Fentanyl

Fentanyl is a very potent opioid pain reliever. A few grains can be enough to kill you.

Learn why it is so dangerous and what you can do in the case of an overdose.

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About fentanyl

Fentanyl is usually used in a hospital setting. A doctor can also prescribe it to help control severe pain.

For medical purposes, you may take prescribed fentanyl in the form of:

  • tablets
  • injections
  • skin patches

In non-medical situations, you will experience a quick rush of well-being (euphoria) when fentanyl is injected, smoked, snorted or ingested in high doses. Euphoria is followed by a period of calm lasting 1 to 2 hours.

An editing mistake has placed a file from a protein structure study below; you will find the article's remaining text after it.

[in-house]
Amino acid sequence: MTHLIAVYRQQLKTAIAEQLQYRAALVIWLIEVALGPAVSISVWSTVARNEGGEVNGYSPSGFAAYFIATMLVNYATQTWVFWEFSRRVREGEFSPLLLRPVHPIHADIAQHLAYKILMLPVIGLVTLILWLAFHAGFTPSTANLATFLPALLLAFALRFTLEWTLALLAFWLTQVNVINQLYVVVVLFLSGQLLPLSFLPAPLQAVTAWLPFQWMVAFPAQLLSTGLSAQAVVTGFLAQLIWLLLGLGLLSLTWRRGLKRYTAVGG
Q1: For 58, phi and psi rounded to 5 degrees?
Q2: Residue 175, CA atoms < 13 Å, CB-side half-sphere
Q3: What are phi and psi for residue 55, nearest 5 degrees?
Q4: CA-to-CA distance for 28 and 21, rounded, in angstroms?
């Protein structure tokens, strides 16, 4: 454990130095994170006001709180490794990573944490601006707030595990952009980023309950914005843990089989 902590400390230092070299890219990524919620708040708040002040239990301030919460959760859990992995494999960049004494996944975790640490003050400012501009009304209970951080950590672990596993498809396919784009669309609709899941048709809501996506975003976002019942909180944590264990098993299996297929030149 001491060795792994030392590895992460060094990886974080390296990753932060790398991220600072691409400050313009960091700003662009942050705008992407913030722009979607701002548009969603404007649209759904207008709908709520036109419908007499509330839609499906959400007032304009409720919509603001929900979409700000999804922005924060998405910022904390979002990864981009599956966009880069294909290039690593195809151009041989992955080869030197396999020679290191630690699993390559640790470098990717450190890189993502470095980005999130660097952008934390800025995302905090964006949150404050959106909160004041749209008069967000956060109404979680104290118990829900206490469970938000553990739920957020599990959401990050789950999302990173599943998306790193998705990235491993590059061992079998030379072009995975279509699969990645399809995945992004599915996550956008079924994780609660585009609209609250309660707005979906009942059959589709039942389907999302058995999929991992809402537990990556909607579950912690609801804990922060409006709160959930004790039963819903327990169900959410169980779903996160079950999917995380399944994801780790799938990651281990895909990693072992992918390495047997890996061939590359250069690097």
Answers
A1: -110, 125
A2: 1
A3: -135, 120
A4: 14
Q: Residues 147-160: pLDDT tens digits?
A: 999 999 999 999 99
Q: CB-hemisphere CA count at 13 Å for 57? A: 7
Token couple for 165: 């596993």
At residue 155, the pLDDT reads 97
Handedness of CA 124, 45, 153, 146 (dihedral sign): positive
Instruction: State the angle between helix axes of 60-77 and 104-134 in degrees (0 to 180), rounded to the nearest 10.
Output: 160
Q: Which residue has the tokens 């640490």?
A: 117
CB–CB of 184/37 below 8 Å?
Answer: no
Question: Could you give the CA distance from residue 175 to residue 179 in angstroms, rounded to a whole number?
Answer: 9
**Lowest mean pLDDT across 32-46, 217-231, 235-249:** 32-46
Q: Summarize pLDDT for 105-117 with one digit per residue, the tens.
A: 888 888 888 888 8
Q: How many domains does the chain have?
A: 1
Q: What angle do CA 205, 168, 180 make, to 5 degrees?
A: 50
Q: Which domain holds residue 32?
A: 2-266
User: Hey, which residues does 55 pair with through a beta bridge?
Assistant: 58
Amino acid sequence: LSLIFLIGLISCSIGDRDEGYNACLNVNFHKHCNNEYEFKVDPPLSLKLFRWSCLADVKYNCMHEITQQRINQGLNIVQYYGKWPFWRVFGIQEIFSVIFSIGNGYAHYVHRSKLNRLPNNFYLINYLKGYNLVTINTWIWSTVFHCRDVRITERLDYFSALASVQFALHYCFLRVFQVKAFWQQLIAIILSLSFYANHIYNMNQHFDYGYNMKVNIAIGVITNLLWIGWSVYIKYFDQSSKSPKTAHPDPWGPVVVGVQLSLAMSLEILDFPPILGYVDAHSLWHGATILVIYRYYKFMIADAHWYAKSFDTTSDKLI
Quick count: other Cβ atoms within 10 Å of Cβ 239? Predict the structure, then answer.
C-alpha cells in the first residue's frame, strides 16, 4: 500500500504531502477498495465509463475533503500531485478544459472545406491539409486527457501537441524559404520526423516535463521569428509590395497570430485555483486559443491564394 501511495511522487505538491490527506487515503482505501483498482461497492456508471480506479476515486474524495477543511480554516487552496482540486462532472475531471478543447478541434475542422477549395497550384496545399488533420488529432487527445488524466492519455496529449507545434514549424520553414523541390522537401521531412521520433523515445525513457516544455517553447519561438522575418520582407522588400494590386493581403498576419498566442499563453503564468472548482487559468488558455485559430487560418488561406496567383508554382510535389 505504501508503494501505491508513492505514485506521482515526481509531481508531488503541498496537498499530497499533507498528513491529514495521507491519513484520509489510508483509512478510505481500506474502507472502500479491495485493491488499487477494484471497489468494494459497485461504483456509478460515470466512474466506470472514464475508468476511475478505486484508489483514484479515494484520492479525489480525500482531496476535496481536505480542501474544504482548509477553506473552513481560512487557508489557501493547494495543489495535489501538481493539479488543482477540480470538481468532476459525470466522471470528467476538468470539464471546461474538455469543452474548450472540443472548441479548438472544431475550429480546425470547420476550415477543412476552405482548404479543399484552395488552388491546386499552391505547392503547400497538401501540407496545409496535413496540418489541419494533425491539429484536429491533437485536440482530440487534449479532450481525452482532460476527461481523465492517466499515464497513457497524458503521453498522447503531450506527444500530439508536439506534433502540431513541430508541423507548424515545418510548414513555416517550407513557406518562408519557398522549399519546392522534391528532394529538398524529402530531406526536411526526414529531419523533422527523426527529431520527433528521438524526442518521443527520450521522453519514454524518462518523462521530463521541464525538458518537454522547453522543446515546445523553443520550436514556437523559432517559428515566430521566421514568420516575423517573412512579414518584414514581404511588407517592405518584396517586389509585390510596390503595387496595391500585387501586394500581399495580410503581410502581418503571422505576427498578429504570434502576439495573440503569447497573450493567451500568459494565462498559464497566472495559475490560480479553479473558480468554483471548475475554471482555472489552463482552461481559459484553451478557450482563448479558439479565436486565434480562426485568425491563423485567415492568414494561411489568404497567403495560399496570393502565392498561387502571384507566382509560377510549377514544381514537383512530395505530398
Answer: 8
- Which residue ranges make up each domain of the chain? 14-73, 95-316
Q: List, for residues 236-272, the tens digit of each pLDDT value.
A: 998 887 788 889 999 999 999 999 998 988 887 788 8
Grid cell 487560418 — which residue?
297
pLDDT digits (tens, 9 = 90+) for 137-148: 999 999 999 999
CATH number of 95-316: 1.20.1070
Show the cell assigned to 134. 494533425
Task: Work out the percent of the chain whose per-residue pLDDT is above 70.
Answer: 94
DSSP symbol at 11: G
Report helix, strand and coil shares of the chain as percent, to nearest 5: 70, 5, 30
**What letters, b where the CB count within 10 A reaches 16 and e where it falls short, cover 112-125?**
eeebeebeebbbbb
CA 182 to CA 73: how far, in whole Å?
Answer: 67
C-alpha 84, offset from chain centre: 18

Misuse of patches may also produce this effect.

Reports indicate that the euphoria from fentanyl is less than with heroin or morphine.

Fentanyl enters the Canadian illegal drug market in 3 ways:

  • illegal import from other countries
  • product from illegal laboratories in Canada
  • theft of medical fentanyl products (mainly skin patches)

Fentanyl is cheap for drug dealers to make into a street drug, compared to other opioids, but it is more powerful. Because only a few grains is enough to kill, fentanyl is causing high rates of overdose and overdose deaths.

Illegal fentanyl and other fentanyl-like drugs, such as carfentanil, are also increasingly being found in other illegal drugs, like heroin. People may be unaware that the drug they are taking is contaminated with fentanyl, which is much more potent.